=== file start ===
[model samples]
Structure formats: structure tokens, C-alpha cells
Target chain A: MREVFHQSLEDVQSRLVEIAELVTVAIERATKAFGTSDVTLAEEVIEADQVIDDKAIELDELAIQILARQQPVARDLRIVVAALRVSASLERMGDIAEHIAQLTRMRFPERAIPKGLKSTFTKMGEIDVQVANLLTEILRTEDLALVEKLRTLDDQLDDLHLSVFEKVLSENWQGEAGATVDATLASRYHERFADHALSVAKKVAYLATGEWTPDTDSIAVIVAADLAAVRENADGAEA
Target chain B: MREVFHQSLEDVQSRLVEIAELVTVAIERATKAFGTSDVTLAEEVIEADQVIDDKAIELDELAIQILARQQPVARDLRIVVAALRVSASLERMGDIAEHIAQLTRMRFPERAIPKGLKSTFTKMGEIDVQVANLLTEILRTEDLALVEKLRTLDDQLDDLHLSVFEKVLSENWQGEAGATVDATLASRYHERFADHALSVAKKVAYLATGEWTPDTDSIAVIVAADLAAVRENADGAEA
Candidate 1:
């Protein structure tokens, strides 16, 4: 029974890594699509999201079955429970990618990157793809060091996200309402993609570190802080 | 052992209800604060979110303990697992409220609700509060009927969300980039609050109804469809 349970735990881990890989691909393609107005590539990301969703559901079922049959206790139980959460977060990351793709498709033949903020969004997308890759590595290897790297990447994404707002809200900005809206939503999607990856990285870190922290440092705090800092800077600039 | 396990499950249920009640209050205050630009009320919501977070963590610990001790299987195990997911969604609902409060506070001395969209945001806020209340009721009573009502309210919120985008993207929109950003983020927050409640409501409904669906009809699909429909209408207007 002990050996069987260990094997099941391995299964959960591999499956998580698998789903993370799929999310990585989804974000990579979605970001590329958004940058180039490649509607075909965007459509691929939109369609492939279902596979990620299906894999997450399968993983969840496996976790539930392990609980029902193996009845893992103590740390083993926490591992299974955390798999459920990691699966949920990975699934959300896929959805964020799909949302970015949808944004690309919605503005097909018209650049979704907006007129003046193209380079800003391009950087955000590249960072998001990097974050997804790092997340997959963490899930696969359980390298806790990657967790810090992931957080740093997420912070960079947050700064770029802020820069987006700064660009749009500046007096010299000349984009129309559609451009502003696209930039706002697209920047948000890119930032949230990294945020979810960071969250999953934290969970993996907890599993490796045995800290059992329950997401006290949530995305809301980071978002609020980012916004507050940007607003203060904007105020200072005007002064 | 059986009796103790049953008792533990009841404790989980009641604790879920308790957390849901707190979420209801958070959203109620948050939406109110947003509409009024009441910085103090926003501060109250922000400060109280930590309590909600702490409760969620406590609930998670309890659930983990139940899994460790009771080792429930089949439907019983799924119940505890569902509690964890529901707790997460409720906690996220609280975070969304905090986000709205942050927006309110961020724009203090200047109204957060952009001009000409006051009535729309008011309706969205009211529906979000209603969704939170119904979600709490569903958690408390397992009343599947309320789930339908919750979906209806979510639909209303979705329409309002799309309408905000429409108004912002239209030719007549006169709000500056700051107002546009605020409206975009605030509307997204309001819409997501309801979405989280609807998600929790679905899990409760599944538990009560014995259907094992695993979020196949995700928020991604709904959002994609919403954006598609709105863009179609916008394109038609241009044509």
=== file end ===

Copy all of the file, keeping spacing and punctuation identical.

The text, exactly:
[model samples]
Structure formats: structure tokens, C-alpha cells
Target chain A: MREVFHQSLEDVQSRLVEIAELVTVAIERATKAFGTSDVTLAEEVIEADQVIDDKAIELDELAIQILARQQPVARDLRIVVAALRVSASLERMGDIAEHIAQLTRMRFPERAIPKGLKSTFTKMGEIDVQVANLLTEILRTEDLALVEKLRTLDDQLDDLHLSVFEKVLSENWQGEAGATVDATLASRYHERFADHALSVAKKVAYLATGEWTPDTDSIAVIVAADLAAVRENADGAEA
Target chain B: MREVFHQSLEDVQSRLVEIAELVTVAIERATKAFGTSDVTLAEEVIEADQVIDDKAIELDELAIQILARQQPVARDLRIVVAALRVSASLERMGDIAEHIAQLTRMRFPERAIPKGLKSTFTKMGEIDVQVANLLTEILRTEDLALVEKLRTLDDQLDDLHLSVFEKVLSENWQGEAGATVDATLASRYHERFADHALSVAKKVAYLATGEWTPDTDSIAVIVAADLAAVRENADGAEA
Candidate 1:
């Protein structure tokens, strides 16, 4: 029974890594699509999201079955429970990618990157793809060091996200309402993609570190802080 | 052992209800604060979110303990697992409220609700509060009927969300980039609050109804469809 349970735990881990890989691909393609107005590539990301969703559901079922049959206790139980959460977060990351793709498709033949903020969004997308890759590595290897790297990447994404707002809200900005809206939503999607990856990285870190922290440092705090800092800077600039 | 396990499950249920009640209050205050630009009320919501977070963590610990001790299987195990997911969604609902409060506070001395969209945001806020209340009721009573009502309210919120985008993207929109950003983020927050409640409501409904669906009809699909429909209408207007 002990050996069987260990094997099941391995299964959960591999499956998580698998789903993370799929999310990585989804974000990579979605970001590329958004940058180039490649509607075909965007459509691929939109369609492939279902596979990620299906894999997450399968993983969840496996976790539930392990609980029902193996009845893992103590740390083993926490591992299974955390798999459920990691699966949920990975699934959300896929959805964020799909949302970015949808944004690309919605503005097909018209650049979704907006007129003046193209380079800003391009950087955000590249960072998001990097974050997804790092997340997959963490899930696969359980390298806790990657967790810090992931957080740093997420912070960079947050700064770029802020820069987006700064660009749009500046007096010299000349984009129309559609451009502003696209930039706002697209920047948000890119930032949230990294945020979810960071969250999953934290969970993996907890599993490796045995800290059992329950997401006290949530995305809301980071978002609020980012916004507050940007607003203060904007105020200072005007002064 | 059986009796103790049953008792533990009841404790989980009641604790879920308790957390849901707190979420209801958070959203109620948050939406109110947003509409009024009441910085103090926003501060109250922000400060109280930590309590909600702490409760969620406590609930998670309890659930983990139940899994460790009771080792429930089949439907019983799924119940505890569902509690964890529901707790997460409720906690996220609280975070969304905090986000709205942050927006309110961020724009203090200047109204957060952009001009000409006051009535729309008011309706969205009211529906979000209603969704939170119904979600709490569903958690408390397992009343599947309320789930339908919750979906209806979510639909209303979705329409309002799309309408905000429409108004912002239209030719007549006169709000500056700051107002546009605020409206975009605030509307997204309001819409997501309801979405989280609807998600929790679905899990409760599944538990009560014995259907094992695993979020196949995700928020991604709904959002994609919403954006598609709105863009179609916008394109038609241009044509």